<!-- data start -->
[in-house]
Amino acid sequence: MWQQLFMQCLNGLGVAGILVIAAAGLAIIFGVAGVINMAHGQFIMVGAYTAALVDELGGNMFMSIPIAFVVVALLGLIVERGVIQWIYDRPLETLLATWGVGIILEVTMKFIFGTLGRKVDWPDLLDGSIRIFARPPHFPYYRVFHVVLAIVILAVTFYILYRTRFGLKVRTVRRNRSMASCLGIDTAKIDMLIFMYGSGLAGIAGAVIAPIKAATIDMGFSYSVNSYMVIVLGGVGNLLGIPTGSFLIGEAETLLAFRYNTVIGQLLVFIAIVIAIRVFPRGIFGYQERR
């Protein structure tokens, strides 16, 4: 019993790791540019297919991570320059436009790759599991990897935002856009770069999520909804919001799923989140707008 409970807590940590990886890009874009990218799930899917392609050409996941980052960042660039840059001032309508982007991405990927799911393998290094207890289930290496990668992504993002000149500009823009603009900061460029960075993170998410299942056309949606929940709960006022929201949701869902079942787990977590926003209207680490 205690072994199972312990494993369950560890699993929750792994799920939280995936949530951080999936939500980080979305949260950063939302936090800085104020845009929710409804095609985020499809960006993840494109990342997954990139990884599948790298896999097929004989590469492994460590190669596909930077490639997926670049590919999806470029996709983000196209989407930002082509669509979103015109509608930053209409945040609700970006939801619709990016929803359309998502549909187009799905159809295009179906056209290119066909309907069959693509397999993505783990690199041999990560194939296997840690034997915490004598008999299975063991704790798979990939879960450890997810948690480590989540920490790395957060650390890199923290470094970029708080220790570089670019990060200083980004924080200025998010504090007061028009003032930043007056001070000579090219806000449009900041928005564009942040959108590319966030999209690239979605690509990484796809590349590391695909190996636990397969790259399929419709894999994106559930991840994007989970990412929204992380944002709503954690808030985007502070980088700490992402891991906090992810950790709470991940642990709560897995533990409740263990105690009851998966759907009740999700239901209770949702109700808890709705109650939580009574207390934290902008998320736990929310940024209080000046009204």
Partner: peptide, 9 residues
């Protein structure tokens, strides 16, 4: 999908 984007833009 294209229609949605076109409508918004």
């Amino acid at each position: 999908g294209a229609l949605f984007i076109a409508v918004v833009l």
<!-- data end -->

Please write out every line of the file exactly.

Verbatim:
[in-house]
Amino acid sequence: MWQQLFMQCLNGLGVAGILVIAAAGLAIIFGVAGVINMAHGQFIMVGAYTAALVDELGGNMFMSIPIAFVVVALLGLIVERGVIQWIYDRPLETLLATWGVGIILEVTMKFIFGTLGRKVDWPDLLDGSIRIFARPPHFPYYRVFHVVLAIVILAVTFYILYRTRFGLKVRTVRRNRSMASCLGIDTAKIDMLIFMYGSGLAGIAGAVIAPIKAATIDMGFSYSVNSYMVIVLGGVGNLLGIPTGSFLIGEAETLLAFRYNTVIGQLLVFIAIVIAIRVFPRGIFGYQERR
């Protein structure tokens, strides 16, 4: 019993790791540019297919991570320059436009790759599991990897935002856009770069999520909804919001799923989140707008 409970807590940590990886890009874009990218799930899917392609050409996941980052960042660039840059001032309508982007991405990927799911393998290094207890289930290496990668992504993002000149500009823009603009900061460029960075993170998410299942056309949606929940709960006022929201949701869902079942787990977590926003209207680490 205690072994199972312990494993369950560890699993929750792994799920939280995936949530951080999936939500980080979305949260950063939302936090800085104020845009929710409804095609985020499809960006993840494109990342997954990139990884599948790298896999097929004989590469492994460590190669596909930077490639997926670049590919999806470029996709983000196209989407930002082509669509979103015109509608930053209409945040609700970006939801619709990016929803359309998502549909187009799905159809295009179906056209290119066909309907069959693509397999993505783990690199041999990560194939296997840690034997915490004598008999299975063991704790798979990939879960450890997810948690480590989540920490790395957060650390890199923290470094970029708080220790570089670019990060200083980004924080200025998010504090007061028009003032930043007056001070000579090219806000449009900041928005564009942040959108590319966030999209690239979605690509990484796809590349590391695909190996636990397969790259399929419709894999994106559930991840994007989970990412929204992380944002709503954690808030985007502070980088700490992402891991906090992810950790709470991940642990709560897995533990409740263990105690009851998966759907009740999700239901209770949702109700808890709705109650939580009574207390934290902008998320736990929310940024209080000046009204």
Partner: peptide, 9 residues
């Protein structure tokens, strides 16, 4: 999908 984007833009 294209229609949605076109409508918004």
């Amino acid at each position: 999908g294209a229609l949605f984007i076109a409508v918004v833009l």